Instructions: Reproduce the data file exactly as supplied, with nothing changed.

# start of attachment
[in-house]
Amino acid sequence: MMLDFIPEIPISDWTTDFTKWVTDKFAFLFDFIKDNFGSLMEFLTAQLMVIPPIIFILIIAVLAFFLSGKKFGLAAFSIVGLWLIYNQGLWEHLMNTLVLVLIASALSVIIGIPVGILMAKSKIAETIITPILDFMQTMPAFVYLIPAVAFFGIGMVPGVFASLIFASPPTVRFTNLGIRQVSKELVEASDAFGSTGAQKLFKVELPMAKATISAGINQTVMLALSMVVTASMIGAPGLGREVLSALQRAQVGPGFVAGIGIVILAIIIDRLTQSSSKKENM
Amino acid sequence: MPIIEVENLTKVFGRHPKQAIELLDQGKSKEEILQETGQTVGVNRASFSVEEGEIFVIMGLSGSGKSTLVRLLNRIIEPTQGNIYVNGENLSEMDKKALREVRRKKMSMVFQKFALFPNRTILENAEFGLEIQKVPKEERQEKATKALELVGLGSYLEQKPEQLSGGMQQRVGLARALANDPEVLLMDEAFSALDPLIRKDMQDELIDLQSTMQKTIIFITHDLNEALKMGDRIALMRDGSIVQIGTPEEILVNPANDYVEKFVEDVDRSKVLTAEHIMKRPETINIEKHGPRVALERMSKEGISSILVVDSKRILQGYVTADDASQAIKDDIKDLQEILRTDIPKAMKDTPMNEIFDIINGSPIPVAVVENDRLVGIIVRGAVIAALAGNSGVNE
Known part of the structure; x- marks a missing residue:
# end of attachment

[in-house]
Amino acid sequence: MMLDFIPEIPISDWTTDFTKWVTDKFAFLFDFIKDNFGSLMEFLTAQLMVIPPIIFILIIAVLAFFLSGKKFGLAAFSIVGLWLIYNQGLWEHLMNTLVLVLIASALSVIIGIPVGILMAKSKIAETIITPILDFMQTMPAFVYLIPAVAFFGIGMVPGVFASLIFASPPTVRFTNLGIRQVSKELVEASDAFGSTGAQKLFKVELPMAKATISAGINQTVMLALSMVVTASMIGAPGLGREVLSALQRAQVGPGFVAGIGIVILAIIIDRLTQSSSKKENM
Amino acid sequence: MPIIEVENLTKVFGRHPKQAIELLDQGKSKEEILQETGQTVGVNRASFSVEEGEIFVIMGLSGSGKSTLVRLLNRIIEPTQGNIYVNGENLSEMDKKALREVRRKKMSMVFQKFALFPNRTILENAEFGLEIQKVPKEERQEKATKALELVGLGSYLEQKPEQLSGGMQQRVGLARALANDPEVLLMDEAFSALDPLIRKDMQDELIDLQSTMQKTIIFITHDLNEALKMGDRIALMRDGSIVQIGTPEEILVNPANDYVEKFVEDVDRSKVLTAEHIMKRPETINIEKHGPRVALERMSKEGISSILVVDSKRILQGYVTADDASQAIKDDIKDLQEILRTDIPKAMKDTPMNEIFDIINGSPIPVAVVENDRLVGIIVRGAVIAALAGNSGVNE
Known part of the structure; x- marks a missing residue: